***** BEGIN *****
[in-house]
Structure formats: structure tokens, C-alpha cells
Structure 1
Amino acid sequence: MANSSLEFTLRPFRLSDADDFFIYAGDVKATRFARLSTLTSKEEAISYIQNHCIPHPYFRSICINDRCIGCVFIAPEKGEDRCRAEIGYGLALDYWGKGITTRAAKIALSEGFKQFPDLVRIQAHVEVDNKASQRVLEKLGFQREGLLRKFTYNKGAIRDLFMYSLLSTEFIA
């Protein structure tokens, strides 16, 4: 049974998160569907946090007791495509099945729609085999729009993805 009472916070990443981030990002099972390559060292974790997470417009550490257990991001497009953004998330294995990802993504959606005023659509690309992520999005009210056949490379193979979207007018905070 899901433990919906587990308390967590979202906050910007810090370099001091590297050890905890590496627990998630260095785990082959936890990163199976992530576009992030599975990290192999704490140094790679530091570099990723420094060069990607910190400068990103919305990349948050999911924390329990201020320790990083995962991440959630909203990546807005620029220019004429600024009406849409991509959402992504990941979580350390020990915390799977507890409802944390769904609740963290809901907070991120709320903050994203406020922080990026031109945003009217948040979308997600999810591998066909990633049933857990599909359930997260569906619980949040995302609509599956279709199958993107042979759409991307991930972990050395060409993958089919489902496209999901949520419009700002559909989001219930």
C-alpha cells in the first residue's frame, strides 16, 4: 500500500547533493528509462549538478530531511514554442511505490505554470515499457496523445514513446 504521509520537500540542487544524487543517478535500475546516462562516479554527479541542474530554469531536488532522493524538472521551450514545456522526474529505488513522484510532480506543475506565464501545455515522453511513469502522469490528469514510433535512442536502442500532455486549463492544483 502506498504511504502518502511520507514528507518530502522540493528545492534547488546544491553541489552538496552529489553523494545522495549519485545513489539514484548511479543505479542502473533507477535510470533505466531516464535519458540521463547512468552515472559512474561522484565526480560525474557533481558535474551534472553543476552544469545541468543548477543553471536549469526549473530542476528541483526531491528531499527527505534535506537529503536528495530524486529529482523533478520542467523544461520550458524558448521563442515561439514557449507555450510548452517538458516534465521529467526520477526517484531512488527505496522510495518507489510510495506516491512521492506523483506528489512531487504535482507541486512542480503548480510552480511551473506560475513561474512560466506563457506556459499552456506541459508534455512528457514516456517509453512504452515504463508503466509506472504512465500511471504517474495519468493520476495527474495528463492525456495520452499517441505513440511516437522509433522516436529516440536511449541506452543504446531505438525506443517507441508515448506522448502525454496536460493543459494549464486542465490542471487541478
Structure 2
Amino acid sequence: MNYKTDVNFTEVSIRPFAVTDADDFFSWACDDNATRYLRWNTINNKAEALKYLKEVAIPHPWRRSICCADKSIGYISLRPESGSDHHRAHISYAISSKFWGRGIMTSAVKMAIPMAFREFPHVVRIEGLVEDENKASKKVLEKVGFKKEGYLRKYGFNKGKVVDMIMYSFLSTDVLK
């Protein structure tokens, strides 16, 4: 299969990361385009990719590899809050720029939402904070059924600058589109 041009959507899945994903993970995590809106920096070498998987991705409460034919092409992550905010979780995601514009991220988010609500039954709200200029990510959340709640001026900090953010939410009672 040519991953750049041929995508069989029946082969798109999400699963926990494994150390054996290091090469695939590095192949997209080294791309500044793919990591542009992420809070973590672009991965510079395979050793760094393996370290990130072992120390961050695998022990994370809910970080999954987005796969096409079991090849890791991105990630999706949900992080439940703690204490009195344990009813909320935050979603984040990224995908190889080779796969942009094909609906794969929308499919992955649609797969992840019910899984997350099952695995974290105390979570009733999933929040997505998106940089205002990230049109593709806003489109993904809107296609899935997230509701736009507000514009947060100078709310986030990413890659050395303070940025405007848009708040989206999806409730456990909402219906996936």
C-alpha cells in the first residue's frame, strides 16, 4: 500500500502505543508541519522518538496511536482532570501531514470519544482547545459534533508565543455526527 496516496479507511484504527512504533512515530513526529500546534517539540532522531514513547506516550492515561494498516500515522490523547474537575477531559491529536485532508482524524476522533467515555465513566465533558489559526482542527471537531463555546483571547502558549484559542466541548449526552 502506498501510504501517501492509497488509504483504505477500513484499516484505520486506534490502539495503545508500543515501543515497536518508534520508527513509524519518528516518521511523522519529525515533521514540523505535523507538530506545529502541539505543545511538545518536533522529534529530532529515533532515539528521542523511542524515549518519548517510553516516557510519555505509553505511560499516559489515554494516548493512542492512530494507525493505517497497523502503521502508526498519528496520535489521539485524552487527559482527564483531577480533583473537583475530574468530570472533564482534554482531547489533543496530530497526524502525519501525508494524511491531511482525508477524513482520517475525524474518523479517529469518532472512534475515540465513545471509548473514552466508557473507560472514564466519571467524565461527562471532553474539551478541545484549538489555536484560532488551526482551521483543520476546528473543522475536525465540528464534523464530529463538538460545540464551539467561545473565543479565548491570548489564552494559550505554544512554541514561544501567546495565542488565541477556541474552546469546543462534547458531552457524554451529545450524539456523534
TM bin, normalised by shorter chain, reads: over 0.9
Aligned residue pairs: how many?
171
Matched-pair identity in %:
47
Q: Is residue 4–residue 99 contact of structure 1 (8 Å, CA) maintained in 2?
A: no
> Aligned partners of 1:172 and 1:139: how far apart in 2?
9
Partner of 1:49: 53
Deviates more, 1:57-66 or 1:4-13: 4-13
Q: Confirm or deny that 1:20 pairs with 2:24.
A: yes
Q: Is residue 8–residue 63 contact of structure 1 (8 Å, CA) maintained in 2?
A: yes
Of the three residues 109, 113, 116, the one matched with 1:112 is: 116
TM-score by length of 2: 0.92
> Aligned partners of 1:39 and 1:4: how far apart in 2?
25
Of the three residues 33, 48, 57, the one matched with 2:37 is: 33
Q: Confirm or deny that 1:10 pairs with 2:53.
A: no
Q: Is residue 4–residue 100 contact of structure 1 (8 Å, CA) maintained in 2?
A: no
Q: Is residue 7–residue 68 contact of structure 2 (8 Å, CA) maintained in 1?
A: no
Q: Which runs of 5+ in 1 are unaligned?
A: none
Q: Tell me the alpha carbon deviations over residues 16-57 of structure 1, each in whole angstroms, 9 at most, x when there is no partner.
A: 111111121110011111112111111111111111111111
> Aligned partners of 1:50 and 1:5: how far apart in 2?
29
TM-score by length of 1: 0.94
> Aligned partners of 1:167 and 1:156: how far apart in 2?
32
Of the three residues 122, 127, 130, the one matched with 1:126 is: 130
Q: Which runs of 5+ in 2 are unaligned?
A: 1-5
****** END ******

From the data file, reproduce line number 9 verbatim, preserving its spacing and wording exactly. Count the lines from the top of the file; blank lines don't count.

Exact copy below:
């Protein structure tokens, strides 16, 4: 299969990361385009990719590899809050720029939402904070059924600058589109 041009959507899945994903993970995590809106920096070498998987991705409460034919092409992550905010979780995601514009991220988010609500039954709200200029990510959340709640001026900090953010939410009672 040519991953750049041929995508069989029946082969798109999400699963926990494994150390054996290091090469695939590095192949997209080294791309500044793919990591542009992420809070973590672009991965510079395979050793760094393996370290990130072992120390961050695998022990994370809910970080999954987005796969096409079991090849890791991105990630999706949900992080439940703690204490009195344990009813909320935050979603984040990224995908190889080779796969942009094909609906794969929308499919992955649609797969992840019910899984997350099952695995974290105390979570009733999933929040997505998106940089205002990230049109593709806003489109993904809107296609899935997230509701736009507000514009947060100078709310986030990413890659050395303070940025405007848009708040989206999806409730456990909402219906996936």